Using your preferred note-taking method, jot down valuable queries and pain points. You don't need to make things pretty or organized at this stage. Speed is key here. If you're working in a team, you might like to collaborate in a document or spreadsheet to keep everything in one place.

Review analytics last.

Before you start extracting content ideas from your chat logs, briefly evaluate your live chat analytics. This includes chats started and completed, the ratio of automated to live chats, clicks-to-call, etc. Don't stumble into the analytics trap — stick to your KPIs. Pay attention to UTM tracking data — this shows you which search results pages, ad campaigns, and external links drive people to your site.

Step 3: Regroup and brainstorm.

By now, you should have a long list of potential content ideas extracted from rich customer data. Now it's time to get creative. Here's how to continue building on to your list of content ideas.

Host a brainstorm session.

Brainstorming shortly after your review keeps your ideas fresh in your mind. Here's how to host a productive brainstorm session. Our example focuses on teams, but you can also host a solo session if you're a team of one.

people seated on table in room

Step 1: Set up your space and gather your team.

Your session should be fun and comfortable. Whether it's a conference room or even an outdoor venue, cultivate a space where your team members feel at ease. Set out coffee, drinks, and snacks if that's your style.

Choose a moderator to lead the session and set time limits. Be sure to have plenty of visual aids on hand. Whiteboards, colorful pens, highlighters, notebooks, sticky notes, index cards — pull out whatever tools will help inspire creative thinking.

If you prefer to brainstorm on a laptop or smart device, that's okay, too. Just be aware that these may cause distractions and hinder your creativity. Pen and paper also allows you to see your thought processes more clearly.

Step 2: Awaken your creativity.

Once you've settled in, consider playing a warm-up game to get your creative juices flowing. The word association game is a popular choice. In this game, the host calls out the first word that comes to mind. Moving clockwise, the next team member quickly calls out a related word, and so forth. Do this for a few rotations, or set a timer for a couple of minutes.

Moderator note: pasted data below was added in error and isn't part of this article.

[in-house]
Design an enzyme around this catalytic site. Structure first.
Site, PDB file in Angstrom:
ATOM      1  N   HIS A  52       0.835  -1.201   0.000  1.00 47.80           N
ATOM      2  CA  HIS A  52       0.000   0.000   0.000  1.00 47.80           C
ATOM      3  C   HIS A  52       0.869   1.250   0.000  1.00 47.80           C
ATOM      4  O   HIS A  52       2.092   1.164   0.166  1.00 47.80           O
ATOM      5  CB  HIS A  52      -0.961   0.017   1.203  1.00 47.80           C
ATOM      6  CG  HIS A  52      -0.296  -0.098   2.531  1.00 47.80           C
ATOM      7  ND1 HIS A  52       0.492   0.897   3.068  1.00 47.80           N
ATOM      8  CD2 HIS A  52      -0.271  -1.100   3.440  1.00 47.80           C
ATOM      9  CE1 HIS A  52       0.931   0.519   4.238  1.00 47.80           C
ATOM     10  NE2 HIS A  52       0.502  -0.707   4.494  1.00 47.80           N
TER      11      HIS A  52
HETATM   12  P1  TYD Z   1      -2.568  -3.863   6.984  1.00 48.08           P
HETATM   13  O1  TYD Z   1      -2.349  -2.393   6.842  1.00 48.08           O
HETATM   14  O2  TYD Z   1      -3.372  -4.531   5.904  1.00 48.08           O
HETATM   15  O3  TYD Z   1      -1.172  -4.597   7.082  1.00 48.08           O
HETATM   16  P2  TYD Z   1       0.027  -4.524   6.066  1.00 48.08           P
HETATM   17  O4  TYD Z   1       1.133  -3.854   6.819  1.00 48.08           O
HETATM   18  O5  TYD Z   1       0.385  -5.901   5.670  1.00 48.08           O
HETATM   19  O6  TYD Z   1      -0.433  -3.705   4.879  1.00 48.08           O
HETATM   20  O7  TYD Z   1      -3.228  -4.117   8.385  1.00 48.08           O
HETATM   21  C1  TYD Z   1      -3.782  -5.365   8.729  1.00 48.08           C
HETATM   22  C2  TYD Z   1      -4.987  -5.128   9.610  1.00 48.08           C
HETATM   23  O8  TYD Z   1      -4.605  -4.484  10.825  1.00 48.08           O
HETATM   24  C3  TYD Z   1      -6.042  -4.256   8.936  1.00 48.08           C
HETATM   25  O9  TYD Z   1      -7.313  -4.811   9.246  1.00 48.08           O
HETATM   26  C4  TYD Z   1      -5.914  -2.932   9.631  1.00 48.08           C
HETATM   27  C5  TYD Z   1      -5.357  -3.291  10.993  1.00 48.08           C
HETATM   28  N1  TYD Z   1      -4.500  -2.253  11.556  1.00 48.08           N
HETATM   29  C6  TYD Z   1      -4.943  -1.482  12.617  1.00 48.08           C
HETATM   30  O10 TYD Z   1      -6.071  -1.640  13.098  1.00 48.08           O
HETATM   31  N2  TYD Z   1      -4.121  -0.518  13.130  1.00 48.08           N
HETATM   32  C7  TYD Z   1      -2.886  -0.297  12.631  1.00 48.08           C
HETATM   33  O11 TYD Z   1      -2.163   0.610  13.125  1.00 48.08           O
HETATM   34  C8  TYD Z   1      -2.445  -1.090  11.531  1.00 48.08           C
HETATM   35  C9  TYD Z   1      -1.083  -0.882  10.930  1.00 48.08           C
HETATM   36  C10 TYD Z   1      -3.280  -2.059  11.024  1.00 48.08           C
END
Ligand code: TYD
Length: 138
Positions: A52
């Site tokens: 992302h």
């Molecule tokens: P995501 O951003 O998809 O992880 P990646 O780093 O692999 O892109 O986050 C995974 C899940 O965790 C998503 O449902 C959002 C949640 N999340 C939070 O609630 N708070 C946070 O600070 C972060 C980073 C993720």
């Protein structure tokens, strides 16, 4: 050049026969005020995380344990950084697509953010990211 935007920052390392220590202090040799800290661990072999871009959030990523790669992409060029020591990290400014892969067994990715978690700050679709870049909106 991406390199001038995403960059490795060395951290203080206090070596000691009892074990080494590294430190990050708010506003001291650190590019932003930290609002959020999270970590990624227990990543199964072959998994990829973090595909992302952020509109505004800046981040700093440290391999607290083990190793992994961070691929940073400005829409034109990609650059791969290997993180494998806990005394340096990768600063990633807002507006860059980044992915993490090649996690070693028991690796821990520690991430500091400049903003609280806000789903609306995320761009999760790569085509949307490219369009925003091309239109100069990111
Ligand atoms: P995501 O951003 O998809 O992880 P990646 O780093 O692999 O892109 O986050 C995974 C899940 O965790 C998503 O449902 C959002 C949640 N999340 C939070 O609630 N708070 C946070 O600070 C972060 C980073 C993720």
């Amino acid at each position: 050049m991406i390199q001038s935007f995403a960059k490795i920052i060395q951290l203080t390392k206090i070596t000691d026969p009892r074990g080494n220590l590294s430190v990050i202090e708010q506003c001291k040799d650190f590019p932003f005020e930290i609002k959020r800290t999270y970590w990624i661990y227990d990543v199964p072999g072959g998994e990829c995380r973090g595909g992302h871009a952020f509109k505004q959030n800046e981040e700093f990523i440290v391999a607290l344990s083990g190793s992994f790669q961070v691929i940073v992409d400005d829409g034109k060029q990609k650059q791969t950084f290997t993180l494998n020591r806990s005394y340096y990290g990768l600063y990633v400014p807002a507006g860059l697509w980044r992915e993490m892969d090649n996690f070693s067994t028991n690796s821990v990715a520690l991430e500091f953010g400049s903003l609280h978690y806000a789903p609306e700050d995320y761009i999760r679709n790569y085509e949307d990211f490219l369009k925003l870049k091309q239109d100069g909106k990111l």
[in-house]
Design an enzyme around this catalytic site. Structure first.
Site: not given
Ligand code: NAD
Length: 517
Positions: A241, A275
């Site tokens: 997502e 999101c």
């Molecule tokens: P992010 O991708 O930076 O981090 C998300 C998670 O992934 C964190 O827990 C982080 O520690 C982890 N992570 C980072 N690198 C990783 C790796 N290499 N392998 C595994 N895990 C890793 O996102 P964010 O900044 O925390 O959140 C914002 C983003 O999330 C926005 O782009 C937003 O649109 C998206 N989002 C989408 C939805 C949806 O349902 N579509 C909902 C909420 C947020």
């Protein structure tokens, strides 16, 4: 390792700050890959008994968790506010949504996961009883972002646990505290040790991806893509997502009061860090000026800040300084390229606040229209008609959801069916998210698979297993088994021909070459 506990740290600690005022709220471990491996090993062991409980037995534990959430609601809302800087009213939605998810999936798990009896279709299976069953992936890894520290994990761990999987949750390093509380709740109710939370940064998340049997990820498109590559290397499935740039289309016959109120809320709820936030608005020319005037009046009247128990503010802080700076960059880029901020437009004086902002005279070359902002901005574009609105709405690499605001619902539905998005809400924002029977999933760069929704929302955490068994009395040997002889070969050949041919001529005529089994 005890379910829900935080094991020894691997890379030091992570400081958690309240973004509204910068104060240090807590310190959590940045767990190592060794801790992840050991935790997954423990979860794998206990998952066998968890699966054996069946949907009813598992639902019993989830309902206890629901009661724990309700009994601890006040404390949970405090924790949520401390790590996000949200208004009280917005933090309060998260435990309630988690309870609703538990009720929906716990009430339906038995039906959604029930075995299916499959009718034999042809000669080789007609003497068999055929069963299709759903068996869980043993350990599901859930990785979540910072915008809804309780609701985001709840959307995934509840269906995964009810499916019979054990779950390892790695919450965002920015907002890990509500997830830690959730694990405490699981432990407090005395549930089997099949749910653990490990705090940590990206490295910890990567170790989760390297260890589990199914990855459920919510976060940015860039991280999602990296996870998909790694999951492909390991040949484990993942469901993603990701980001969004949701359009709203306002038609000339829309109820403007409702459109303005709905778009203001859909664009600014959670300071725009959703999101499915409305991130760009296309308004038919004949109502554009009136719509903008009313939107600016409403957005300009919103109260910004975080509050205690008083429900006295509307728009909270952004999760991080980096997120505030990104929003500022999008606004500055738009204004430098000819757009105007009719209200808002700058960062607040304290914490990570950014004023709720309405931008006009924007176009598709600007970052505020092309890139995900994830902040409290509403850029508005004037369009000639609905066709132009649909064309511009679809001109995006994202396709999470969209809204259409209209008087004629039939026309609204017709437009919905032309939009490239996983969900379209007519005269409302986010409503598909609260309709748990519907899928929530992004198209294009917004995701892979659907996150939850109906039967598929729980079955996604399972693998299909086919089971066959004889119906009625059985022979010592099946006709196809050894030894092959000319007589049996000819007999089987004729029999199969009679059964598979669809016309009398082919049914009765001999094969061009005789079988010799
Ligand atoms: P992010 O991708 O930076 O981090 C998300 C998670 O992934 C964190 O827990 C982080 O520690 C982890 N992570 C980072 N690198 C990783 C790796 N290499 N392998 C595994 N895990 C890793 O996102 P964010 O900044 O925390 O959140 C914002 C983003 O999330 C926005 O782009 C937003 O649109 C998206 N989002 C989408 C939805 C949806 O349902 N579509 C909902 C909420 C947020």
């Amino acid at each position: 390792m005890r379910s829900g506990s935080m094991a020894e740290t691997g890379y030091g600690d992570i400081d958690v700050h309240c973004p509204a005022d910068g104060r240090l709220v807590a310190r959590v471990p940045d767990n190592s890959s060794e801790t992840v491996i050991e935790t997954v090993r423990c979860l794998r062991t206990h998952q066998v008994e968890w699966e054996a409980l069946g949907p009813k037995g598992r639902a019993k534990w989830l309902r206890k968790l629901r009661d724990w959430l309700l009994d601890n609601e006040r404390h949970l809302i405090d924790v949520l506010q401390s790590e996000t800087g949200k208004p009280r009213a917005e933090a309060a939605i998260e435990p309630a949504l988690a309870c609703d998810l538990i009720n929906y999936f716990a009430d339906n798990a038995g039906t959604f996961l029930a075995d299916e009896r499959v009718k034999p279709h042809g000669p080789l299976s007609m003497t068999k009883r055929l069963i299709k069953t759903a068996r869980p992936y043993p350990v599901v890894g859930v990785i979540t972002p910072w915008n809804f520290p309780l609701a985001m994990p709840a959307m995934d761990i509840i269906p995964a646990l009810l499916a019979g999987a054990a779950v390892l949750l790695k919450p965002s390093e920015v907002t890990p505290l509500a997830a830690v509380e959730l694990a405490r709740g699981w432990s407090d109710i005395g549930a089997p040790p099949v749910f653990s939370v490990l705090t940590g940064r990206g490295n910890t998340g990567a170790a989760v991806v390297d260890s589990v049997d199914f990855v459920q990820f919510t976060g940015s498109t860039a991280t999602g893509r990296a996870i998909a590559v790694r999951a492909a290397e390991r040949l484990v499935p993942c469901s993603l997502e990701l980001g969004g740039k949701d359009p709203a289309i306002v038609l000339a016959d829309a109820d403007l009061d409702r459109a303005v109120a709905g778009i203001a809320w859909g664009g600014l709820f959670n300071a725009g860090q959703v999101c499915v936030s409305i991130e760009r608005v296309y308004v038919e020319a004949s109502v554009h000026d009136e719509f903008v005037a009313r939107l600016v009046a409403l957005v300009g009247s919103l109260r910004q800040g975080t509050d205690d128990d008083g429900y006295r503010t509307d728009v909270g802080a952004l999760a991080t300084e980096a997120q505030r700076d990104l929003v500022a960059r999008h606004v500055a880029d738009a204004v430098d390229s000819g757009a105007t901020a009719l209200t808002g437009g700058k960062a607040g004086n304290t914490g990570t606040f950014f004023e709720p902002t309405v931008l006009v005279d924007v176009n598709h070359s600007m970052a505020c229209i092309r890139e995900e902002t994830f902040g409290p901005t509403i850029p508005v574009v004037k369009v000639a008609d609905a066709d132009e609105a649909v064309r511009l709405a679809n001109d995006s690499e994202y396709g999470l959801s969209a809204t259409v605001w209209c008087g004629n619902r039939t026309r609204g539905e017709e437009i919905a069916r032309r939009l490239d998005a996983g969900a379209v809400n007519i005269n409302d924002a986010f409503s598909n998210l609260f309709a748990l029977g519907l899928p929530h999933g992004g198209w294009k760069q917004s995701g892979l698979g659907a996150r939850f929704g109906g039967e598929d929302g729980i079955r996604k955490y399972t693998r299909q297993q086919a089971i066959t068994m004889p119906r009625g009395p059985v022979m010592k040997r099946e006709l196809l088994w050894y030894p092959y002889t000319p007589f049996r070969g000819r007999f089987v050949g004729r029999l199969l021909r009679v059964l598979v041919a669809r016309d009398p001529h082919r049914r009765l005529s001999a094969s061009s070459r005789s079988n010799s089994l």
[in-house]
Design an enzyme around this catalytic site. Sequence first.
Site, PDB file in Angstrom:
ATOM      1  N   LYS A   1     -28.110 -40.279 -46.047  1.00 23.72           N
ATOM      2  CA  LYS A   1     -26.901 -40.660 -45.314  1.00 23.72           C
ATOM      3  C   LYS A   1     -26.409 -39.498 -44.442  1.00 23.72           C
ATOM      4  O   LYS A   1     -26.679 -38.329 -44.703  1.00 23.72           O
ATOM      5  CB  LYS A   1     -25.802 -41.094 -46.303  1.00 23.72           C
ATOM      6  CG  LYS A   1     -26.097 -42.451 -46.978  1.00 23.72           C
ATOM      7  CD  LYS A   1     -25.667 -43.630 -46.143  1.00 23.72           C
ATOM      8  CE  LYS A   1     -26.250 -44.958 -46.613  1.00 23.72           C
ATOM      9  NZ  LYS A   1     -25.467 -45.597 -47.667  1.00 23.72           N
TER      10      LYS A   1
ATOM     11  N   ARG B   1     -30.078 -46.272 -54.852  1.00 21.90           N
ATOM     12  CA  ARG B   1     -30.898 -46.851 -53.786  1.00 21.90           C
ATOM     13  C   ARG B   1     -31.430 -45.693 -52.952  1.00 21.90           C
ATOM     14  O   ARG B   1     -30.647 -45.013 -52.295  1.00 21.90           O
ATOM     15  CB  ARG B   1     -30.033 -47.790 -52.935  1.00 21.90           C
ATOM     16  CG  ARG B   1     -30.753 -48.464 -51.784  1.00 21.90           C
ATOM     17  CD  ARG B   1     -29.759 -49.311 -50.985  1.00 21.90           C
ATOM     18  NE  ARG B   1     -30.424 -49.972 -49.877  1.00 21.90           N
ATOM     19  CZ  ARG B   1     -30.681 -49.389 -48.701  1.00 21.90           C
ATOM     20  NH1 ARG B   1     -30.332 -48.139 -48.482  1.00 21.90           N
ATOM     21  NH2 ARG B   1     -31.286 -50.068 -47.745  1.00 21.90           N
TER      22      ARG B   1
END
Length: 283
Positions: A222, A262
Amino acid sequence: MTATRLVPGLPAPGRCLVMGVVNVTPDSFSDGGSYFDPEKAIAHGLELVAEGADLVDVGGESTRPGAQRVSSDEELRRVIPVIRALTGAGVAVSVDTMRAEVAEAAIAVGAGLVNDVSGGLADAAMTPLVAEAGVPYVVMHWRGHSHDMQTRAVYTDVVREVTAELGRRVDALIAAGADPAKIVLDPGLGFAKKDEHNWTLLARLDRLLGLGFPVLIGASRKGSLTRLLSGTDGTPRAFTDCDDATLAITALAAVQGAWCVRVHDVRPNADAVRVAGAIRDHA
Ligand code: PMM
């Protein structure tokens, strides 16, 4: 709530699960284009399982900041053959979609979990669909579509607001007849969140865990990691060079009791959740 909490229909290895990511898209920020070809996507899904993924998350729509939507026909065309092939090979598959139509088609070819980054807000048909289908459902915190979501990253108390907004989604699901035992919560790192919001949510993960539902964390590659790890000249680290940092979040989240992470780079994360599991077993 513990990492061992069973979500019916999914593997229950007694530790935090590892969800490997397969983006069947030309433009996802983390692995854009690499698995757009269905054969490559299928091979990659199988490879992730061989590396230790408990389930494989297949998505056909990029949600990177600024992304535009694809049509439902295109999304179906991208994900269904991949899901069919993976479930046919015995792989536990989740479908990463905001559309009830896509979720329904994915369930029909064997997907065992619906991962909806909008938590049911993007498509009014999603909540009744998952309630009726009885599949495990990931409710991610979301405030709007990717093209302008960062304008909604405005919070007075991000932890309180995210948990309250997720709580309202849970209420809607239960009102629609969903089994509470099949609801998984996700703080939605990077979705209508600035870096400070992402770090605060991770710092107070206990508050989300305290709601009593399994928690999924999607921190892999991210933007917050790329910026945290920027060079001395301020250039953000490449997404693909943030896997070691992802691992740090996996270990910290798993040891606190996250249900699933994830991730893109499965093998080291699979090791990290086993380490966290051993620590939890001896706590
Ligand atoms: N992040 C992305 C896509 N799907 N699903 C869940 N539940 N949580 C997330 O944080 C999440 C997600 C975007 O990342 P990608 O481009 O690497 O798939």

Step 3: Start brainstorming.

When you're warmed up, dig in. Set a timer for 3 to 5  minutes and start dumping ideas onto the page. And we do mean “dumping” — you're going for quantity, not quality.

While brainstorming, keep your review findings top-of-mind, but don't limit yourself. Even if you have an idea that's not related to your chat data, jot it down. There's no such thing as a bad idea during your brainstorm.

Don't try to box in your ideas, either. For example, you're not brainstorming article titles or SEO keywords. Doing so will only frustrate you and hold you back. Just come up with broad topics, in whatever format they occur to you.

Most importantly, stick to the time limits you set. When the timer goes off, put down your pens or close your laptop. Take a breather, chat about something unrelated for a few minutes, then reset the timer and start again. Repeat this process a few times before moving on to step 4.

Step 4: Take a longer break and let your ideas sit.

Vacate your brainstorm space for at least 15 minutes. Let those ideas marinate for a bit. Have a snack, take lunch, or go for a short walk. Putting some time and space between your brainstorm session will give you more clarity when you return.

man in gray dress shirt standing near brown wooden cabinet